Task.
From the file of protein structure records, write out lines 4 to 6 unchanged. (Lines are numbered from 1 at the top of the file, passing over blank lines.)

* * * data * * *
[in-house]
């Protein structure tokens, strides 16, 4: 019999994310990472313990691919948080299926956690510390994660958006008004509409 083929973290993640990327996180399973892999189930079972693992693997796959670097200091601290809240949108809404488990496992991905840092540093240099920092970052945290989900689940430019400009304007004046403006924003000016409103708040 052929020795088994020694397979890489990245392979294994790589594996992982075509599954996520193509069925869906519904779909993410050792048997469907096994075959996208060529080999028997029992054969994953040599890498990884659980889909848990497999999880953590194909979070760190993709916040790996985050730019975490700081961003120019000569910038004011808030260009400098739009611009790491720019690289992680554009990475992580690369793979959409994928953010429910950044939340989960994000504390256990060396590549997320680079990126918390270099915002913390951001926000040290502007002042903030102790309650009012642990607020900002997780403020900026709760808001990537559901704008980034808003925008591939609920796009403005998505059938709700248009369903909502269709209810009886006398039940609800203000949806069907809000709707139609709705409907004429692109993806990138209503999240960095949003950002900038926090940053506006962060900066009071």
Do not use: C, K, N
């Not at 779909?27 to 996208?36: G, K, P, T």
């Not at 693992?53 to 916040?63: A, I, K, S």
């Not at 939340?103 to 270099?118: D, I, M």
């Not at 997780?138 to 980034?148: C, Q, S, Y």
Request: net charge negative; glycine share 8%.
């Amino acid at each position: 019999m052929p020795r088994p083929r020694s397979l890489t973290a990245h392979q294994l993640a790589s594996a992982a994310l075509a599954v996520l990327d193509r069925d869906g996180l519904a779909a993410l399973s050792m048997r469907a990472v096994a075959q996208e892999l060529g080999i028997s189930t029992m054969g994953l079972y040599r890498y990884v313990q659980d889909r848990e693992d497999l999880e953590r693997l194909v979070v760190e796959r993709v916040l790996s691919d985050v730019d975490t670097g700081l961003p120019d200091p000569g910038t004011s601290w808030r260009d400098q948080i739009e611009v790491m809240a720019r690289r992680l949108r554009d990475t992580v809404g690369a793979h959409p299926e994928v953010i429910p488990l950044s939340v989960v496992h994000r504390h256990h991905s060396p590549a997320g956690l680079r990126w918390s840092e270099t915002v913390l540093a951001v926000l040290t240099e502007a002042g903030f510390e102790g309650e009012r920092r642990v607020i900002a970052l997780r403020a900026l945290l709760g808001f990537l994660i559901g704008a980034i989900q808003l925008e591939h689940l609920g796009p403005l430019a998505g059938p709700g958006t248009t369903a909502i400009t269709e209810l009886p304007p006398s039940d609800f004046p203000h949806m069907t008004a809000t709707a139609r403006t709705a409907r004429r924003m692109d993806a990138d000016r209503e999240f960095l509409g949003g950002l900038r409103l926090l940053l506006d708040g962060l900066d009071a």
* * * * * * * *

């Not at 779909?27 to 996208?36: G, K, P, T």
């Not at 693992?53 to 916040?63: A, I, K, S």
């Not at 939340?103 to 270099?118: D, I, M």